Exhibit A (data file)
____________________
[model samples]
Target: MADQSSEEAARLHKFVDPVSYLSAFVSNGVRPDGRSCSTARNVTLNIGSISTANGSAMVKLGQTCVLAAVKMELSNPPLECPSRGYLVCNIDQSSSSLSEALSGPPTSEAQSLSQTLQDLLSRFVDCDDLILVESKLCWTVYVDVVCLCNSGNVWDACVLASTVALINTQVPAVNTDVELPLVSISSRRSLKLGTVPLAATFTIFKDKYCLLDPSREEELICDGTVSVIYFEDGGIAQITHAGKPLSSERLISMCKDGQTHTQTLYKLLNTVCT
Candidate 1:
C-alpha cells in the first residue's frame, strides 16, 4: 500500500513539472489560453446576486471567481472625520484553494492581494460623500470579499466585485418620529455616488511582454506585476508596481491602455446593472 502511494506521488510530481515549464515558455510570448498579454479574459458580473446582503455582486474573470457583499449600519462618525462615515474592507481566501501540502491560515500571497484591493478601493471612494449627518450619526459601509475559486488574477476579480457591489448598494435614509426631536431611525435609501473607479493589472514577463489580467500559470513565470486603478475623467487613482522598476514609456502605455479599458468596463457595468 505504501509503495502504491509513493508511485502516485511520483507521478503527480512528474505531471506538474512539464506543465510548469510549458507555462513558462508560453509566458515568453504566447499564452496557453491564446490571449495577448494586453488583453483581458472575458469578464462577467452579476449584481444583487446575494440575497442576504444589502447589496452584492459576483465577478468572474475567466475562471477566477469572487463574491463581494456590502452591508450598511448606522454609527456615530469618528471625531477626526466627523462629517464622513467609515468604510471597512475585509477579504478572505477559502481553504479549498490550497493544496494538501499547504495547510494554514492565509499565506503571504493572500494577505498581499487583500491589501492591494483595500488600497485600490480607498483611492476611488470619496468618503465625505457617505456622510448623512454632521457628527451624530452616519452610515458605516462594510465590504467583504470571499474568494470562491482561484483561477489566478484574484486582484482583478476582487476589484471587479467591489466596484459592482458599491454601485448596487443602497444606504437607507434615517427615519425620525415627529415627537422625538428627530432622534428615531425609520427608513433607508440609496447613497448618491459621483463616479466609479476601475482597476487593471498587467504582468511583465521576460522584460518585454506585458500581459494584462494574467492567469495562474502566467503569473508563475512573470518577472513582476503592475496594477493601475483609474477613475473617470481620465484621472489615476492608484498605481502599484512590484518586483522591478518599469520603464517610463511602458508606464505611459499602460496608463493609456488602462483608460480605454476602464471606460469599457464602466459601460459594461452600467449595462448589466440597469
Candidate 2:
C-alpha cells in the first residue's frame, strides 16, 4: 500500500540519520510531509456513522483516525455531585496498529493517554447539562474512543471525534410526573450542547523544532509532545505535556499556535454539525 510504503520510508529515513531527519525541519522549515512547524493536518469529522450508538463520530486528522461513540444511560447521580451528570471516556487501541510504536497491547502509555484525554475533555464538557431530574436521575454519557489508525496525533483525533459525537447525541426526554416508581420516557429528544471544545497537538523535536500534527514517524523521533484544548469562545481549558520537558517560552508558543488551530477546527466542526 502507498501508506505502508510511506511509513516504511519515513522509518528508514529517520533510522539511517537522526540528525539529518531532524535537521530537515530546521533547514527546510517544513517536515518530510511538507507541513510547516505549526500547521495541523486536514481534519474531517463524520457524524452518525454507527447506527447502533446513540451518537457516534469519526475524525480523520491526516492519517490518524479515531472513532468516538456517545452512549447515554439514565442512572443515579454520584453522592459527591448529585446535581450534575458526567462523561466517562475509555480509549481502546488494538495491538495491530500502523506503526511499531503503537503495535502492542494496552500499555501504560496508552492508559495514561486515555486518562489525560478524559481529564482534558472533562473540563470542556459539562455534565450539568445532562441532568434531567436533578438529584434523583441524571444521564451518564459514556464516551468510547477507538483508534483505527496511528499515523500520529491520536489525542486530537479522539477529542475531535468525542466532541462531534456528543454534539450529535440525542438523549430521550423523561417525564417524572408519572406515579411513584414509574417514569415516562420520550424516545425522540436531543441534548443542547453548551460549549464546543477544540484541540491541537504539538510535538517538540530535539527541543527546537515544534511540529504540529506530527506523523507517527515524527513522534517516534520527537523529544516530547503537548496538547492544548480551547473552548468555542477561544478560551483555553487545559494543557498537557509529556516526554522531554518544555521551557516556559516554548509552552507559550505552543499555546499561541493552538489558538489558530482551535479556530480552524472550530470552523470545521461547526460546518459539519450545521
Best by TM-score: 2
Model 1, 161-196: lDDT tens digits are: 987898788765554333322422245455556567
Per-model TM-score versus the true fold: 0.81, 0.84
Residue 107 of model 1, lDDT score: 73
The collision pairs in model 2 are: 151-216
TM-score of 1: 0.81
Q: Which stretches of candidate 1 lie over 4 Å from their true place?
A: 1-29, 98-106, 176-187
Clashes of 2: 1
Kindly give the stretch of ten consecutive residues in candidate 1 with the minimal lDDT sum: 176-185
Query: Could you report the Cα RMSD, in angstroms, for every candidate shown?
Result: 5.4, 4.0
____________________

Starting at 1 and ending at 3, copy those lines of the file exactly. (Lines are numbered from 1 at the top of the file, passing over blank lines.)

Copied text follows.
[model samples]
Target: MADQSSEEAARLHKFVDPVSYLSAFVSNGVRPDGRSCSTARNVTLNIGSISTANGSAMVKLGQTCVLAAVKMELSNPPLECPSRGYLVCNIDQSSSSLSEALSGPPTSEAQSLSQTLQDLLSRFVDCDDLILVESKLCWTVYVDVVCLCNSGNVWDACVLASTVALINTQVPAVNTDVELPLVSISSRRSLKLGTVPLAATFTIFKDKYCLLDPSREEELICDGTVSVIYFEDGGIAQITHAGKPLSSERLISMCKDGQTHTQTLYKLLNTVCT
Candidate 1: